I work in tech as an engineer and find all of this super important for parents to do. IMHO it sounds like this comment came from a teacher with no kids of his/her own and no grasp on what we face today as parents. Keep fighting the good fight! I’m sure our kids will thank us someday

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I can relate to feeling like very few parents are monitoring. I’m thankful to have forums like this to share and connect with likeminded parents so I know I’m not alone.
I monitor my 3 kids. My oldest is 17, a daughter. I use BARK and Life360 along with iPhone screen time controls. I suppose I’ll have to start thinking about how to transition to her being more independent when she turns 18. I rarely mention the alerts I get from BARK anymore. She’s a good kid and most things I feel are pretty age appropriate. The occasional swear word from her friends, rarely her which I find funny. And a friend has talked about depression and suicide which I discussed with my daughter so she knew how to handle it. I must confess. A lot of the alerts are my text conversations with her, lol. Yep, I’m that mom. :face_with_symbols_over_mouth: Lol.

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I’m Cybersecurity Analyst . I had my 14yo son sign the IT agreement . It’s a privilege - not a right . Within one week I caught him sexting through Snapchat . The issue is that laws have not caught up with IT culture . If my son and your daughter sexted photos of each other ( which does happen) . Most state laws say BOTH of them can be charged with solicitation and possession of child pornography . This has happened in PA, VA, and NC . If any adult has had a sexting convo with another adult - we all know how quickly those convos can turn … it’s a quick slippery slope . PLUS it’s my phone - he’s just BORROWING it . You are within your right to monitor your daughter . This culture is way different than the one we were raised in with many more dangers . When they are 18 - go for it , you can get your own phone - until then … consider it a privilege I allow you to have

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Hi Everyone, this is a great thread and it is the very reason why I founded @fortsafety. I realized that there had to be an nonprofit out there that worked with like minded organizations (like @bark, schools, business, colleges, and churches) to shine a light on what we do, see, and feel while online.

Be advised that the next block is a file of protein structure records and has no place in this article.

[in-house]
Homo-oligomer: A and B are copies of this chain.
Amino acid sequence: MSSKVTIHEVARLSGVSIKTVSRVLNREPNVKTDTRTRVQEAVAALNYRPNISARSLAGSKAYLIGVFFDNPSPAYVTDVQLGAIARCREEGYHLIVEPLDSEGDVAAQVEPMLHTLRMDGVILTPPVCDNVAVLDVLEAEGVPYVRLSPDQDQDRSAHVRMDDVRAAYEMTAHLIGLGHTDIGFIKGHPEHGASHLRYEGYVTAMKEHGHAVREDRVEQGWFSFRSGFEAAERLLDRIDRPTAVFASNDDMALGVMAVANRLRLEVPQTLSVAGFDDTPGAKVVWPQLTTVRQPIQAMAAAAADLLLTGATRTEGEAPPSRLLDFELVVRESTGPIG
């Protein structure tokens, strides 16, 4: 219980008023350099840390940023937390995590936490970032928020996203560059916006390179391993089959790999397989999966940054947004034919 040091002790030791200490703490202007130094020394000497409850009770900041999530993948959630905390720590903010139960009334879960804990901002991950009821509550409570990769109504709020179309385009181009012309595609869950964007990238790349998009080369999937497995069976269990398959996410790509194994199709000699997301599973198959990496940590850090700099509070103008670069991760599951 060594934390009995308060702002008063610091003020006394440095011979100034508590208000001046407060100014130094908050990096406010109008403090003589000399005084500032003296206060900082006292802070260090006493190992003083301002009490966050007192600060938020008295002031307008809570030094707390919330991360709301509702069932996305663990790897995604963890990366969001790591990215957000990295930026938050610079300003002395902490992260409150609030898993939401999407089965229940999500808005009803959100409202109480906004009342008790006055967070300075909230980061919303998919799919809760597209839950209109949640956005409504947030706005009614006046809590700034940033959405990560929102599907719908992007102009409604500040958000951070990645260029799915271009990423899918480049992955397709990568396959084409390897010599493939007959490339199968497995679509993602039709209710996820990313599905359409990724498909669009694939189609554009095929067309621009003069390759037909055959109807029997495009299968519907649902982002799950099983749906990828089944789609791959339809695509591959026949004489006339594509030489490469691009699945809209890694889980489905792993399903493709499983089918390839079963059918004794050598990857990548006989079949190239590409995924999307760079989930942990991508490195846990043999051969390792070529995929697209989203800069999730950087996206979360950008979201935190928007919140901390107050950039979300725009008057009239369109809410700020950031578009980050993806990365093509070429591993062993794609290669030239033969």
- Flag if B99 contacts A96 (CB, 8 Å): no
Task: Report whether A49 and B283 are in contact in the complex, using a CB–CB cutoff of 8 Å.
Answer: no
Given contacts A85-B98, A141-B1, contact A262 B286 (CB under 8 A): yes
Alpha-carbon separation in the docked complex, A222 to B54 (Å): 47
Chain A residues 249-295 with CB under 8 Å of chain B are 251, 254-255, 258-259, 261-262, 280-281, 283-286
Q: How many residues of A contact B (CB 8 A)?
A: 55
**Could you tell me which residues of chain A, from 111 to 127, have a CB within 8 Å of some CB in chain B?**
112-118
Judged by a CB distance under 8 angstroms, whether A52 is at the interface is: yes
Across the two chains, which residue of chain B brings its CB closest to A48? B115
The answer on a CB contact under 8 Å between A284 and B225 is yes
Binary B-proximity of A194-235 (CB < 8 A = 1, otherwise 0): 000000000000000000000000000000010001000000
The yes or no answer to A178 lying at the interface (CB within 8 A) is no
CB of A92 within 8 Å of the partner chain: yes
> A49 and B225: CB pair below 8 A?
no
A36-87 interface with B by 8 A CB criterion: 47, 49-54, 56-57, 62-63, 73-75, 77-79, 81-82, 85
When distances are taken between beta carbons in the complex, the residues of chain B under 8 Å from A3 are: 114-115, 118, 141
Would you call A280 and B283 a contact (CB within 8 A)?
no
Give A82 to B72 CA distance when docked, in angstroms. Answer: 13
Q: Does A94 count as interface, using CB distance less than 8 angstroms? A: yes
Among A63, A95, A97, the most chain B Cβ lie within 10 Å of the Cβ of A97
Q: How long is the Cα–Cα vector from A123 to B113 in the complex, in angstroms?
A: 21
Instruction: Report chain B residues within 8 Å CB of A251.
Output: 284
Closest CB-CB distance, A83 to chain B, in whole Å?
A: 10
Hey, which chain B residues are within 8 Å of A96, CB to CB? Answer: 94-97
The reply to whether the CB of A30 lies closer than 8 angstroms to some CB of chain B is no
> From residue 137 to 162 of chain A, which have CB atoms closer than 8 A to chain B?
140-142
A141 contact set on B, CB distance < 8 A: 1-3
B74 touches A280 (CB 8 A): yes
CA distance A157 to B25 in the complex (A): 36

NOTE: I said “we”. We tell our audiences that the best way to implement a family centric cyber safety plan is to have EVERYONE on the plan…not just the kids. The kids feel criminalized otherwise. You tell your kids that the content online isn’t healthy for adults either: so we are ALL going to put BARK and filtering on our phones. That way nothing is in the dark. Mom sees Dad’s phone, kids see Moms phone…etc. We get the biggest push back from the Dads about this…but we work with families to overcome that resistance. I’d love to hear your thoughts on this.

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Oh, and one more tip: I saw that several of you are using Life360 for location monitoring. We have found that App to be a battery killer and cumbersome. Google maps now allows you to share your location temporarily or permanently and it is very minimalistic and not a battery drainer. In the app click on the hamburger of dots on the left side and activate “Location Sharing” Hit the little person icon with the plus sign and follow instructions. We try and share several internet safety tips like this every week on social media. follow us @fortsafety

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I have installed it on my 12 and 10 year olds iPads. Apparently my 10 year old discovered pornhub!!! So for some reason Bark app isn’t monitoring his correctly which makes me mad!!! It’s frustrating and sad that these things are so easy for kids to access. And the content my son has now been exposed to is incredibly disturbing. Now I have to have a conversation with my 10 year old about things he shouldn’t have a clue about. And sadly I cannot trust his father to do as much, at least in serious mature matter. We are divorced and he had a porn addiction himself. Any advice how to have this conversation? Any ideas why Bark isn’t triggering any alerts from this? I have all the settings on “strict”.

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Hi, @mrscorey1. My sons are near yours’ ages (13 & 10), so I can only imagine what you’re feeling right now having discovered they are accessing this content. Hugs! If you’re having trouble with your iPad monitoring from Bark, please have a look at these steps to ensure all is working correctly.

It’s important to note that Bark monitors and alerts you to possible concerns, however it is not a parent restriction service. Have you set up iOS Screen Time (parent settings) to help in preventing access to adult content? Here’s how.

You might also find these tips helpful in having that tough conversation.

The Bark team is more than happy to help and ensure all is properly set up and monitoring. We’re available 7 days a week; please reach us by emailing help@bark.us any time, or you may also reach us here. Thank you!